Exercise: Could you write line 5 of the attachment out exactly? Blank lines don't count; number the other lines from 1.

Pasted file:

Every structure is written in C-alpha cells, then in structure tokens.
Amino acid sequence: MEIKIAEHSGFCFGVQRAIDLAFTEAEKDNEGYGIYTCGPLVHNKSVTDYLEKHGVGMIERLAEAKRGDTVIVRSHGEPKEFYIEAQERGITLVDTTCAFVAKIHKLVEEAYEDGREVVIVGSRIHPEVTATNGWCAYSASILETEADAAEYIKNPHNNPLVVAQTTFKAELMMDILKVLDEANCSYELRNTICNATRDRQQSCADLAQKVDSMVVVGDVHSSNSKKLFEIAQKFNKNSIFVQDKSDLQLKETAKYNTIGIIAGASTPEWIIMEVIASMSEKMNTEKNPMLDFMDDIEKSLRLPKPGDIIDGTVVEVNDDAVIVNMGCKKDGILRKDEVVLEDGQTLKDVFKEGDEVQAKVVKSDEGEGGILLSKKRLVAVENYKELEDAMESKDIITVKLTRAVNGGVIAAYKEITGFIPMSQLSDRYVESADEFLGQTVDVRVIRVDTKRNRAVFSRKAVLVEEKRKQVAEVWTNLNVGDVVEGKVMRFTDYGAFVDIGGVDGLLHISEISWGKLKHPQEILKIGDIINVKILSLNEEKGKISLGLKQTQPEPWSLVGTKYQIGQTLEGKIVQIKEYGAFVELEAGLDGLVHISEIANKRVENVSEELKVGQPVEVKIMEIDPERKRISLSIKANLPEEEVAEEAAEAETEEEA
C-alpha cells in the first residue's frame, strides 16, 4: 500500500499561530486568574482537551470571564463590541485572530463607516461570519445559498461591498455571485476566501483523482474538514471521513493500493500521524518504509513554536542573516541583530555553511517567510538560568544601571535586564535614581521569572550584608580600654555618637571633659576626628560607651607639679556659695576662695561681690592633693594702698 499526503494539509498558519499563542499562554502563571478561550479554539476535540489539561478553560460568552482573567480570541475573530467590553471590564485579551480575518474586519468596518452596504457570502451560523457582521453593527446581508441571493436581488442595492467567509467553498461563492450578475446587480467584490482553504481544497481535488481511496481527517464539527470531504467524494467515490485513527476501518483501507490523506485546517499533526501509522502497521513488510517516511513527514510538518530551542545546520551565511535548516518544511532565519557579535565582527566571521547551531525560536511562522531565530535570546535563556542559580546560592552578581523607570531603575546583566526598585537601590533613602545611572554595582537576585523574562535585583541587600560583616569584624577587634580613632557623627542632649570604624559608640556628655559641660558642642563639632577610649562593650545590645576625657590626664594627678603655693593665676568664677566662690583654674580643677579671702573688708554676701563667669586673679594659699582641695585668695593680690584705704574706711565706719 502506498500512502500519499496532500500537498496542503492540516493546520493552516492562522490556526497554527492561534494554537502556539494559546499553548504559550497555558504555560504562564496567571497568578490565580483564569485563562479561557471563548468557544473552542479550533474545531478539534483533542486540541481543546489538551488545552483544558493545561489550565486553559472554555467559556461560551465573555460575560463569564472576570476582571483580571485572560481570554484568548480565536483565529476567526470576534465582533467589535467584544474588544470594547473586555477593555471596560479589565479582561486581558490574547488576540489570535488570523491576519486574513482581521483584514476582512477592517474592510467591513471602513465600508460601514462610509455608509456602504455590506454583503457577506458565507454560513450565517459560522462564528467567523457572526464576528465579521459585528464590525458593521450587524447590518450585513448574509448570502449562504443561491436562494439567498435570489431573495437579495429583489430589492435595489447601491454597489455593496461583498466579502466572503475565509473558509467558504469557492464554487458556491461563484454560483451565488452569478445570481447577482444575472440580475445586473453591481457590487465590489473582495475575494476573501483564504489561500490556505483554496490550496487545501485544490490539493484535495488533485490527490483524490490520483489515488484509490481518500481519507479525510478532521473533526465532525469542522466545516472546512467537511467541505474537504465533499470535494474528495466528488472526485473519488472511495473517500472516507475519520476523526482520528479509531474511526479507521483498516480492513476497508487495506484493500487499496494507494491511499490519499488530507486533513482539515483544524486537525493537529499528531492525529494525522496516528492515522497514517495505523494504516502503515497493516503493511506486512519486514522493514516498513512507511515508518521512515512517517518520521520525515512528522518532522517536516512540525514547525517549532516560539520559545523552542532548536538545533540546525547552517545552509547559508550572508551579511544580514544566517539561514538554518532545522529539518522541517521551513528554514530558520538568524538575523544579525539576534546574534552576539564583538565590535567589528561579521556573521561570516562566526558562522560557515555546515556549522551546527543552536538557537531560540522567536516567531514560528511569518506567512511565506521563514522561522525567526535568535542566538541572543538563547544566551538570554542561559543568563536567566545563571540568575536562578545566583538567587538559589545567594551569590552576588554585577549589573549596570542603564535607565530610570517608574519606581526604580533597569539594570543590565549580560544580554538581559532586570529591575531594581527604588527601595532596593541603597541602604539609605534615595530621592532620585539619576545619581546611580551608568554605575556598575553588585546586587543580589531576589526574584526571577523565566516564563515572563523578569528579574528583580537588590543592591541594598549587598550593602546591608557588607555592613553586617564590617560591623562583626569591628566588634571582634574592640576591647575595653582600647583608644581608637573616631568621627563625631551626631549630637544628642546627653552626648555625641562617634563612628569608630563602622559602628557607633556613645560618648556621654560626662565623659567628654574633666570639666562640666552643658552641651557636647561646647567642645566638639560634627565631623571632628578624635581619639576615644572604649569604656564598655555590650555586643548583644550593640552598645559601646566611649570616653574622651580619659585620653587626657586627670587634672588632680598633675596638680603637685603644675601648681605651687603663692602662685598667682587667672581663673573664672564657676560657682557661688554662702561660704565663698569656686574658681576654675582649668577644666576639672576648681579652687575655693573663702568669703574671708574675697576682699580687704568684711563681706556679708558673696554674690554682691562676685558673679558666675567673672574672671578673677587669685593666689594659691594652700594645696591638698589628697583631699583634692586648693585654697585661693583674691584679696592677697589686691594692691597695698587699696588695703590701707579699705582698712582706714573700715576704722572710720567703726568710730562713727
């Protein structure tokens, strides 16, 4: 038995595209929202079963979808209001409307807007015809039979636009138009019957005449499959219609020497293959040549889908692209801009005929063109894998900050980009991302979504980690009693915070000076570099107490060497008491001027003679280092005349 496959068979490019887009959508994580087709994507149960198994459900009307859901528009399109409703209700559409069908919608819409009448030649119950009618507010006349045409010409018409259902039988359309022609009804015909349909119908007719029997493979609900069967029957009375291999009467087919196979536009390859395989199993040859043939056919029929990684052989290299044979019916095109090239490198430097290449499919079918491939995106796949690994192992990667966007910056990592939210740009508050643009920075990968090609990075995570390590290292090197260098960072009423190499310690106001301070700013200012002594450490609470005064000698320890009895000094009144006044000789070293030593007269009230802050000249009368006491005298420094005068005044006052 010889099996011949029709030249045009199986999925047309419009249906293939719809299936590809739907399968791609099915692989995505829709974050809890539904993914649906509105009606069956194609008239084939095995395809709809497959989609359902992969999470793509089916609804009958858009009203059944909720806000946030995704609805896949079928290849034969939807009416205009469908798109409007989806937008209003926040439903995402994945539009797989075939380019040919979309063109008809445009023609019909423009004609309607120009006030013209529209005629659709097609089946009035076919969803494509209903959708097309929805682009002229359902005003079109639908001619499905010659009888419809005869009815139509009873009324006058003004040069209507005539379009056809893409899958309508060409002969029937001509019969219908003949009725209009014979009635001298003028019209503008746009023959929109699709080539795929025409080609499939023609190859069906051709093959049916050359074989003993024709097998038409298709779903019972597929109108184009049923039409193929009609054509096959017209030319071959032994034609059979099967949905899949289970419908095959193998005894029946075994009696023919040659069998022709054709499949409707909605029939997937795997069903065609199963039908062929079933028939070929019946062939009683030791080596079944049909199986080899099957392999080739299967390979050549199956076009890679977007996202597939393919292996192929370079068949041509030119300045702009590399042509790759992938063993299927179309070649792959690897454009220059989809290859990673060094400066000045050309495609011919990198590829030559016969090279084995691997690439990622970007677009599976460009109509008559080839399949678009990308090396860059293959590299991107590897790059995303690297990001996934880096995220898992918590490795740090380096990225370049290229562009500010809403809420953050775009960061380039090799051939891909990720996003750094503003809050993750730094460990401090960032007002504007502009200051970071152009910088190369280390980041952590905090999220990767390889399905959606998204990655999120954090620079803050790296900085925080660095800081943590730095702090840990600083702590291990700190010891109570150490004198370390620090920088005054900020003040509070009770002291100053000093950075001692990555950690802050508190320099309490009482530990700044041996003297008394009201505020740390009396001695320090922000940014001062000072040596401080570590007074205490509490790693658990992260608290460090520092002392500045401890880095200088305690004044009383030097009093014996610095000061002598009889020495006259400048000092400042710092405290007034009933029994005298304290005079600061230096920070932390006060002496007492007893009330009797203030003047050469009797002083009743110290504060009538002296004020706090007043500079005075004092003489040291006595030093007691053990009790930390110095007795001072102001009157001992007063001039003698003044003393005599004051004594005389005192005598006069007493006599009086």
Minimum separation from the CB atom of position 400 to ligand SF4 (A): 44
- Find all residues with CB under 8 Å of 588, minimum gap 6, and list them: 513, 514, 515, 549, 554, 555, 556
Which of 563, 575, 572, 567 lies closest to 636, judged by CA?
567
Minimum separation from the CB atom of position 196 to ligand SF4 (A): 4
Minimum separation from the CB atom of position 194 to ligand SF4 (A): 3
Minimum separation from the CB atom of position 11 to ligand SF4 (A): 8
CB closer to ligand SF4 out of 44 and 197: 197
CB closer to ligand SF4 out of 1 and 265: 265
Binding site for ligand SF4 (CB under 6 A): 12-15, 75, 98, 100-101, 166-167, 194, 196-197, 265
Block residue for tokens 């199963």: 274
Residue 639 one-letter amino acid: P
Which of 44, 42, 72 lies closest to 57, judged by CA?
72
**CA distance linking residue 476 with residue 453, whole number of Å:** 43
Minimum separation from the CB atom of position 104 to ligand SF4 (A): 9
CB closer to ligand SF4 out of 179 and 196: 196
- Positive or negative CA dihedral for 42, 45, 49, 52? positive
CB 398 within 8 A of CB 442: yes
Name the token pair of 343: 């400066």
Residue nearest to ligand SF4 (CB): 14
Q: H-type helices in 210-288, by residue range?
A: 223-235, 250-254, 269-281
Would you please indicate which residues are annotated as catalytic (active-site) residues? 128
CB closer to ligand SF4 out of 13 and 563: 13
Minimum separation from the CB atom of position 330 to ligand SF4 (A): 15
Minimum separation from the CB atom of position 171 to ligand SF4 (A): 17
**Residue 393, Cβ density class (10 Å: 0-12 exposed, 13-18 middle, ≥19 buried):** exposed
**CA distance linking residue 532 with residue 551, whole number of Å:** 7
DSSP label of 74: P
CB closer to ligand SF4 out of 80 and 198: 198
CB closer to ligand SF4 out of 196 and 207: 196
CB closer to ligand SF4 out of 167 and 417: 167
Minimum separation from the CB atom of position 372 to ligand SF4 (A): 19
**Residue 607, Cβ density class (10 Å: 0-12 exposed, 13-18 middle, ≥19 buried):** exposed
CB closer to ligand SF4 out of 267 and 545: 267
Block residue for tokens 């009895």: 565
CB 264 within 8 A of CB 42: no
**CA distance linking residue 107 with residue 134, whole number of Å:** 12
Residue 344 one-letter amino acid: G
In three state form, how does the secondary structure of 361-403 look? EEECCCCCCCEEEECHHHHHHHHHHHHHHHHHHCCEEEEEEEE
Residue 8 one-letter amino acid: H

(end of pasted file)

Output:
Minimum separation from the CB atom of position 400 to ligand SF4 (A): 44